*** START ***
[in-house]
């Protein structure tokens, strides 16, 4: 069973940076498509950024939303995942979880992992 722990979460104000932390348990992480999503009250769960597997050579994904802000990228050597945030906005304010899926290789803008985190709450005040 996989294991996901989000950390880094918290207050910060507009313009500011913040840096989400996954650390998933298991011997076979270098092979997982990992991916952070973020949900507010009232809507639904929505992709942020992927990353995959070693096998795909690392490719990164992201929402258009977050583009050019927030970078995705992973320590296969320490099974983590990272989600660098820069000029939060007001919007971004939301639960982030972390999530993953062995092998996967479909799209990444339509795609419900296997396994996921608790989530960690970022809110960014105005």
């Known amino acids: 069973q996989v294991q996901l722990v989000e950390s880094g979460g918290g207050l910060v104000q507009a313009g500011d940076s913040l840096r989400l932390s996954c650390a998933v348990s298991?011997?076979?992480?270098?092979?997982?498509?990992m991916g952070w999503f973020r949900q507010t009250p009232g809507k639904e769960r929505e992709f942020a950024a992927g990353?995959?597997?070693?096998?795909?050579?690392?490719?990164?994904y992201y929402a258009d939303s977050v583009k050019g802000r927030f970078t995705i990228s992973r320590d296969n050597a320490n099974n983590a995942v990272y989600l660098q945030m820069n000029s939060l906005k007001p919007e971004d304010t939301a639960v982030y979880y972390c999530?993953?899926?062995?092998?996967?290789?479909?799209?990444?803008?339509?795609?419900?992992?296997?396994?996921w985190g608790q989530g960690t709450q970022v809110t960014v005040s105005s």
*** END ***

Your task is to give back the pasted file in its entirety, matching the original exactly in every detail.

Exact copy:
[in-house]
């Protein structure tokens, strides 16, 4: 069973940076498509950024939303995942979880992992 722990979460104000932390348990992480999503009250769960597997050579994904802000990228050597945030906005304010899926290789803008985190709450005040 996989294991996901989000950390880094918290207050910060507009313009500011913040840096989400996954650390998933298991011997076979270098092979997982990992991916952070973020949900507010009232809507639904929505992709942020992927990353995959070693096998795909690392490719990164992201929402258009977050583009050019927030970078995705992973320590296969320490099974983590990272989600660098820069000029939060007001919007971004939301639960982030972390999530993953062995092998996967479909799209990444339509795609419900296997396994996921608790989530960690970022809110960014105005």
């Known amino acids: 069973q996989v294991q996901l722990v989000e950390s880094g979460g918290g207050l910060v104000q507009a313009g500011d940076s913040l840096r989400l932390s996954c650390a998933v348990s298991?011997?076979?992480?270098?092979?997982?498509?990992m991916g952070w999503f973020r949900q507010t009250p009232g809507k639904e769960r929505e992709f942020a950024a992927g990353?995959?597997?070693?096998?795909?050579?690392?490719?990164?994904y992201y929402a258009d939303s977050v583009k050019g802000r927030f970078t995705i990228s992973r320590d296969n050597a320490n099974n983590a995942v990272y989600l660098q945030m820069n000029s939060l906005k007001p919007e971004d304010t939301a639960v982030y979880y972390c999530?993953?899926?062995?092998?996967?290789?479909?799209?990444?803008?339509?795609?419900?992992?296997?396994?996921w985190g608790q989530g960690t709450q970022v809110t960014v005040s105005s």